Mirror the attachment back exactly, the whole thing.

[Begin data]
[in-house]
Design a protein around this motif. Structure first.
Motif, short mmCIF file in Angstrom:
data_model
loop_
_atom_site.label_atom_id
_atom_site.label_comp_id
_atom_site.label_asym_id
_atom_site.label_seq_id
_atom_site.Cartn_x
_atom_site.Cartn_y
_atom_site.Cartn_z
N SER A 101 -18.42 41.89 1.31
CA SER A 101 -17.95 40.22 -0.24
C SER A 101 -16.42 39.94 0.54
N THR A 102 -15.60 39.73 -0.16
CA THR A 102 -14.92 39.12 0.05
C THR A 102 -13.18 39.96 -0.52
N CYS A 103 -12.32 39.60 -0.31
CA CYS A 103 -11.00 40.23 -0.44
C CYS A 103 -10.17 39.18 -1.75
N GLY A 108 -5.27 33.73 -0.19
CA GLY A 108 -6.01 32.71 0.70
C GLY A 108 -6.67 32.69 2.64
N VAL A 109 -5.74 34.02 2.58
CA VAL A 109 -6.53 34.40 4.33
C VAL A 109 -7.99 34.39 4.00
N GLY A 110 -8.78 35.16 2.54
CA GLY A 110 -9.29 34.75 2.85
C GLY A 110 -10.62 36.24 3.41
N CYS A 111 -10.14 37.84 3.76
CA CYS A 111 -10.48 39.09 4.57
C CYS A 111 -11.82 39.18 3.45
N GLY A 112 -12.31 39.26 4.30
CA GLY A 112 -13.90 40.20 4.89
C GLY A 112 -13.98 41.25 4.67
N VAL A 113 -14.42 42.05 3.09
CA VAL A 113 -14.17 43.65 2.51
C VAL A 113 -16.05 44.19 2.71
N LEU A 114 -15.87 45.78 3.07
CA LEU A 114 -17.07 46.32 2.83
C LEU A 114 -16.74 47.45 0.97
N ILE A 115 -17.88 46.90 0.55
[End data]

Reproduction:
[in-house]
Design a protein around this motif. Structure first.
Motif, short mmCIF file in Angstrom:
data_model
loop_
_atom_site.label_atom_id
_atom_site.label_comp_id
_atom_site.label_asym_id
_atom_site.label_seq_id
_atom_site.Cartn_x
_atom_site.Cartn_y
_atom_site.Cartn_z
N SER A 101 -18.42 41.89 1.31
CA SER A 101 -17.95 40.22 -0.24
C SER A 101 -16.42 39.94 0.54
N THR A 102 -15.60 39.73 -0.16
CA THR A 102 -14.92 39.12 0.05
C THR A 102 -13.18 39.96 -0.52
N CYS A 103 -12.32 39.60 -0.31
CA CYS A 103 -11.00 40.23 -0.44
C CYS A 103 -10.17 39.18 -1.75
N GLY A 108 -5.27 33.73 -0.19
CA GLY A 108 -6.01 32.71 0.70
C GLY A 108 -6.67 32.69 2.64
N VAL A 109 -5.74 34.02 2.58
CA VAL A 109 -6.53 34.40 4.33
C VAL A 109 -7.99 34.39 4.00
N GLY A 110 -8.78 35.16 2.54
CA GLY A 110 -9.29 34.75 2.85
C GLY A 110 -10.62 36.24 3.41
N CYS A 111 -10.14 37.84 3.76
CA CYS A 111 -10.48 39.09 4.57
C CYS A 111 -11.82 39.18 3.45
N GLY A 112 -12.31 39.26 4.30
CA GLY A 112 -13.90 40.20 4.89
C GLY A 112 -13.98 41.25 4.67
N VAL A 113 -14.42 42.05 3.09
CA VAL A 113 -14.17 43.65 2.51
C VAL A 113 -16.05 44.19 2.71
N LEU A 114 -15.87 45.78 3.07
CA LEU A 114 -17.07 46.32 2.83
C LEU A 114 -16.74 47.45 0.97
N ILE A 115 -17.88 46.90 0.55